Ken Krimstein’s first book, The Three Escapes of Hannah Arendt: A Tyranny of Truth, was a genre-breaking graphic biography of the famous 20th century philosopher who fled Nazi Germany and is remembered for her influential writings on the nature of power and evil as well as politics, direct democracy, authority, and totalitarianism. The book won the Bernard J. Bromel Award for Biography and Memoir and was a finalist for the National Jewish Book Award.
Krimstein’s newest book, When I Grow Up – The Lost Autobiographies of Six Yiddish Teenagers, a stunning graphic narrative of newly discovered stories from Jewish teens on the cusp of World War II, was named a Best Book of 2021 by both NPR and The Washington Post and a Fall “Best Read” by the Chicago Tribune.
Krimstein teaches at DePaul University and the School of the Art Institute of Chicago.
Your cocktail-party description of When I Grow Up:
When hundreds of lost anonymous autobiographies by Yiddish-speaking teens on the verge of WWII were discovered hidden in an abandoned Vilnius church in 2017, I knew I’d discovered my next graphic biography. So I went to Lithuania, had a bunch of them translated, and wrote and drew them up as a historical testament to the spirit–and loss–of these kids.
When did you realize you wanted to be an author/illustrator?
Mrs. Gilot’s first grade class at Alan Shepherd school in Deerfield when I was the first kid who figured out how to draw Santa.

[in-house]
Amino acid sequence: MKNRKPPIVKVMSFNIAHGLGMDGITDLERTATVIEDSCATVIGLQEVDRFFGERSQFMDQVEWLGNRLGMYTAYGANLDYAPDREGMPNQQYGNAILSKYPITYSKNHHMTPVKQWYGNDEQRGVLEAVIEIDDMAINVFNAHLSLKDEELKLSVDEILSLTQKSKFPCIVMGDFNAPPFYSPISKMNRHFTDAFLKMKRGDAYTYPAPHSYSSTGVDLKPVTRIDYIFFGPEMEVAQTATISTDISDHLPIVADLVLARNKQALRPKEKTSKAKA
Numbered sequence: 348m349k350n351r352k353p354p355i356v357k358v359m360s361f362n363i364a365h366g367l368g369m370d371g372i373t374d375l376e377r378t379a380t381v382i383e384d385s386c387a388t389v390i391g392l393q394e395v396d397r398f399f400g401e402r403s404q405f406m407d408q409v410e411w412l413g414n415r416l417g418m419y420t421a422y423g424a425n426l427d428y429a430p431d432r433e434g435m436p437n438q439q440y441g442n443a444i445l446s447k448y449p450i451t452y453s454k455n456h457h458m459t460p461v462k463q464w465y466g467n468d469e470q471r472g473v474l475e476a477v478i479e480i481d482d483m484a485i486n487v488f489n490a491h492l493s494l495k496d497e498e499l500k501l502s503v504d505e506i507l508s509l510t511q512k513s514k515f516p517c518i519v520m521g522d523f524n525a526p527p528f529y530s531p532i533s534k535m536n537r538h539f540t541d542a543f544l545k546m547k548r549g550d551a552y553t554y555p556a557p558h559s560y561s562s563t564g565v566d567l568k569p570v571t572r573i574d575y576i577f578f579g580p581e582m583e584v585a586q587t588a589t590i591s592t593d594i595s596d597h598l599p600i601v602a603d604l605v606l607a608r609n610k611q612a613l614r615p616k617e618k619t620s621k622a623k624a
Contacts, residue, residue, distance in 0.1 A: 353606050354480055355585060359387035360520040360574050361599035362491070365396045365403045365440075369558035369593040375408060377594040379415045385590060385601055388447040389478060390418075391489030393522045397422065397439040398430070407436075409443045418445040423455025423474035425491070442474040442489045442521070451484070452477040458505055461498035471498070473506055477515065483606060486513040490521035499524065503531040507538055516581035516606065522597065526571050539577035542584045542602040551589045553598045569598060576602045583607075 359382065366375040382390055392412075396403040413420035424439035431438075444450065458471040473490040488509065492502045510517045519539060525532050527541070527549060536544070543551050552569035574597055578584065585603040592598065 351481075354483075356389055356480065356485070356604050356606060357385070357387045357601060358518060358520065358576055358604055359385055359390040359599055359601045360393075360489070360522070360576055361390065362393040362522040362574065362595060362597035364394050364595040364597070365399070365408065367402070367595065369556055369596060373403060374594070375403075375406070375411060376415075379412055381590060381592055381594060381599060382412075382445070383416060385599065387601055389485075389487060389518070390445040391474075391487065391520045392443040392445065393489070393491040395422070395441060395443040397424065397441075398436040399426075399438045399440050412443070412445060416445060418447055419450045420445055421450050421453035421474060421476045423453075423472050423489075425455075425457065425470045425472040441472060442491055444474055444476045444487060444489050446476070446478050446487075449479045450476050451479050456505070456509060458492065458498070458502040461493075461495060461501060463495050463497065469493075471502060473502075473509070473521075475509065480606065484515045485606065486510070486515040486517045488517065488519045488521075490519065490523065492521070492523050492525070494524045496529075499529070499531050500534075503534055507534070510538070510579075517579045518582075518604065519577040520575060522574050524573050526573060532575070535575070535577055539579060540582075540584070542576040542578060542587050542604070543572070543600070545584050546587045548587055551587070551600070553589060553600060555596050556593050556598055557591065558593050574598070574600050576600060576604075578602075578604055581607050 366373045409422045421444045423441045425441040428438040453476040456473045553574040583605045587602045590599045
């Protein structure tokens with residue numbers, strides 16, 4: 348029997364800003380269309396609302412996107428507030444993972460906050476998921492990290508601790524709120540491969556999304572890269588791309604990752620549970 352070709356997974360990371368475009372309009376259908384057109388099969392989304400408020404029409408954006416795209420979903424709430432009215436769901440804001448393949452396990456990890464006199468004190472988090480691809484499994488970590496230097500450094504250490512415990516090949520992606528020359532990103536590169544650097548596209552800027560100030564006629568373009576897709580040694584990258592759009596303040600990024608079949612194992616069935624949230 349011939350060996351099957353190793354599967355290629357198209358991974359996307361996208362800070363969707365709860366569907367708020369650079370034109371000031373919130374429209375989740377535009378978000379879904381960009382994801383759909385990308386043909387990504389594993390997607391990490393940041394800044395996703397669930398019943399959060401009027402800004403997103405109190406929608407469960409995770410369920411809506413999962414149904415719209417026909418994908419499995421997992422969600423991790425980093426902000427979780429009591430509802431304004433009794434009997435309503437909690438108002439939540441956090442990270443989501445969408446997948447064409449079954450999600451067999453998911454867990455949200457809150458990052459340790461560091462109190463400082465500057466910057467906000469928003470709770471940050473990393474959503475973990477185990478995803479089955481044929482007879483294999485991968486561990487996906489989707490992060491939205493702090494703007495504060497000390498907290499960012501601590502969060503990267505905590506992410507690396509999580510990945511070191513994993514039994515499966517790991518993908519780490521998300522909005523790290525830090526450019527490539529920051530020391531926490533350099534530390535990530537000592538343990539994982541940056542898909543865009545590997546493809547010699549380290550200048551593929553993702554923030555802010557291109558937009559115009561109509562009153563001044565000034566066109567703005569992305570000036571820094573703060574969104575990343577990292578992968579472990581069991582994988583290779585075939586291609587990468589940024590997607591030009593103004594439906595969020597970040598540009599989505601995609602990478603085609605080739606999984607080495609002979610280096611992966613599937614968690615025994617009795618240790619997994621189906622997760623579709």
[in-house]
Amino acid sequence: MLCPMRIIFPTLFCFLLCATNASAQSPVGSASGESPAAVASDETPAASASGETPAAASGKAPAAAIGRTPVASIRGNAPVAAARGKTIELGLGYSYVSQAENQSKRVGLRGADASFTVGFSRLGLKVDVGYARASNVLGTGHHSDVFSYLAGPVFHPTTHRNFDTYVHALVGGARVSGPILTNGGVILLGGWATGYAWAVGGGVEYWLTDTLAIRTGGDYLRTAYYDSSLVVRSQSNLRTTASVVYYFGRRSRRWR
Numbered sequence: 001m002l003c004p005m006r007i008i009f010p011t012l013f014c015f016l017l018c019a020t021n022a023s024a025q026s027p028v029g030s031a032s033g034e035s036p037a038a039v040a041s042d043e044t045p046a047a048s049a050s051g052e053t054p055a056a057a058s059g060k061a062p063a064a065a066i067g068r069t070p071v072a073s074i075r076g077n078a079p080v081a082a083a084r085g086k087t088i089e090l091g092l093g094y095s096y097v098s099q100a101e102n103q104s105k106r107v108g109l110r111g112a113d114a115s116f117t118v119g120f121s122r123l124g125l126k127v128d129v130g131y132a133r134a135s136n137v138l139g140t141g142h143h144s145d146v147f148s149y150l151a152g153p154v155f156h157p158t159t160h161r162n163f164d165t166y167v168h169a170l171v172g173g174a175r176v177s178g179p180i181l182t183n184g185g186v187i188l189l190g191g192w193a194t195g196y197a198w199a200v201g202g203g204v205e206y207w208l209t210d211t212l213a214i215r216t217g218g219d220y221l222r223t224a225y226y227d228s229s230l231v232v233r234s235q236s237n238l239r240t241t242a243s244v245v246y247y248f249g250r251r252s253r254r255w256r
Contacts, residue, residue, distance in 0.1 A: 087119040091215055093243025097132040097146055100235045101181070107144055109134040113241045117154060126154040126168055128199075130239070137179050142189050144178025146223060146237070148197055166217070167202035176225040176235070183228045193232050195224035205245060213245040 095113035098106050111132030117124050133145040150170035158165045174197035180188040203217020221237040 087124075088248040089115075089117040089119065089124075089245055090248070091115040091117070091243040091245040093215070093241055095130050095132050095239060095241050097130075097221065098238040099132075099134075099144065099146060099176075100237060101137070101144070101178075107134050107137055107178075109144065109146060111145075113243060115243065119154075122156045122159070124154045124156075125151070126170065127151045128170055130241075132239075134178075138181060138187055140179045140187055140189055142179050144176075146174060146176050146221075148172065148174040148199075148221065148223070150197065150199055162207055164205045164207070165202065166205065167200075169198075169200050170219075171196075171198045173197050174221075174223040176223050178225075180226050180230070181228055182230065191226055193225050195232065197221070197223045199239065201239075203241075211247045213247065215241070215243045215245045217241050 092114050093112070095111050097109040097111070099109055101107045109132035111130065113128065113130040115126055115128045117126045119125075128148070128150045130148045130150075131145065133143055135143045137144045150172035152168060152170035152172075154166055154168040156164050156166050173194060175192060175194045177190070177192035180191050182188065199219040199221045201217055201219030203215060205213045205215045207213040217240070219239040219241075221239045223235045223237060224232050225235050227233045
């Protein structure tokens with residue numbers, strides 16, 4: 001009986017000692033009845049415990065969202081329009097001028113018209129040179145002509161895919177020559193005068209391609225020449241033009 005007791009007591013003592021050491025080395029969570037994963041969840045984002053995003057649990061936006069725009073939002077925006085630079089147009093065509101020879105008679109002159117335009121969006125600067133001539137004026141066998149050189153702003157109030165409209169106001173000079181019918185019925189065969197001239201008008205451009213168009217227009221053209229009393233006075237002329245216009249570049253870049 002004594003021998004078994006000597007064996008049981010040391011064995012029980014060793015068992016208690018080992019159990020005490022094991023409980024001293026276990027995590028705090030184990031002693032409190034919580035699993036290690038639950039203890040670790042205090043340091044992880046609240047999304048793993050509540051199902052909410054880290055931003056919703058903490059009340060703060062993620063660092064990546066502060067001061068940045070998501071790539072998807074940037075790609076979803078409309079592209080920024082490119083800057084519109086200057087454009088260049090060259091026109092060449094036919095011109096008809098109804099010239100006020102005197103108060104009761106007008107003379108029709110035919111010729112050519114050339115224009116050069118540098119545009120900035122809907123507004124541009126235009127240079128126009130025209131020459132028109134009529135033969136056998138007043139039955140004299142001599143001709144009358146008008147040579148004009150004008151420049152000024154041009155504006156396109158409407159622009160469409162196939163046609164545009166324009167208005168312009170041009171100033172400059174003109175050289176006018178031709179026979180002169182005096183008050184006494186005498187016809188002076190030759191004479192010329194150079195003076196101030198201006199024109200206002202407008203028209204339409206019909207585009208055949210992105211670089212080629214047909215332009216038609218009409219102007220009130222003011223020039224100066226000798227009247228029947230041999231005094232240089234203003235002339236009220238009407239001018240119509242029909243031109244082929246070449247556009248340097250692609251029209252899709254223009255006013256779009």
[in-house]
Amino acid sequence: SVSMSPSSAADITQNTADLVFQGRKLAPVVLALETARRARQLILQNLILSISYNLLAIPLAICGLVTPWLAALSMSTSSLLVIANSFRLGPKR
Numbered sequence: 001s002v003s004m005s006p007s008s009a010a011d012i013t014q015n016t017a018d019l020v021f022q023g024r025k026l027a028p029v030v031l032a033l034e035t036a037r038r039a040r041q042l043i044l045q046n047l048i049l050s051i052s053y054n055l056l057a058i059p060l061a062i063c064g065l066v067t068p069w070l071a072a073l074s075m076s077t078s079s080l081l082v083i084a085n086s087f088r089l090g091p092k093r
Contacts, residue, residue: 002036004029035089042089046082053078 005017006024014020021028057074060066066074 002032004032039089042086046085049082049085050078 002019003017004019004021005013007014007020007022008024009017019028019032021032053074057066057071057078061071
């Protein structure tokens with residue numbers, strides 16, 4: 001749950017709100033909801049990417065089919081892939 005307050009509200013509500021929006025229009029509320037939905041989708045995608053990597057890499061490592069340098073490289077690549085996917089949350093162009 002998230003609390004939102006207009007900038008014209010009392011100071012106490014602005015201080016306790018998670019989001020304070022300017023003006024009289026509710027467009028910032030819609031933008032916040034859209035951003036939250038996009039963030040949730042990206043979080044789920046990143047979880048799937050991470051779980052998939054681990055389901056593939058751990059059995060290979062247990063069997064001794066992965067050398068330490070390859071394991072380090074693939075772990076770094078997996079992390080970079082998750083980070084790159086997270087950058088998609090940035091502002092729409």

What was your first published work?
My first gag cartoon in a national magazine was in Good Housekeeping magazine–a rejection from The New Yorker, sometime around 1988 or so.
Author/illustrator you most admire, dead or alive:
I’ll go with Charles Addams.
Book you love the most:
Nine Stories by J. D. Salinger
Book you hate the most:
Nine Stories by J. D. Salinger — they are so damn good I wish I wrote them!!!
Book you think should be in every child’s library:
Where the Wild Things Are by Maurice Sendak
Book you are reading now and want to recommend to others:
The Sleepwalkers by Arthur Koestler
What you like most/least about living in Evanston:
Like most: The Lake, ample parking, easy tennis (I used to live on the Upper West Side of Manhattan.)
Like least: Restaurants close way too early and open way too late.
Where have you lived besides Evanston/Chicago?
Hong Kong, New York
Where do you fantasize about retiring?
Three favorite local shops/restaurants (B&B is just assumed, so you can leave us out 😉)
What question should we have asked you but didn’t?
What podcast do you love? The Virtual Memories Show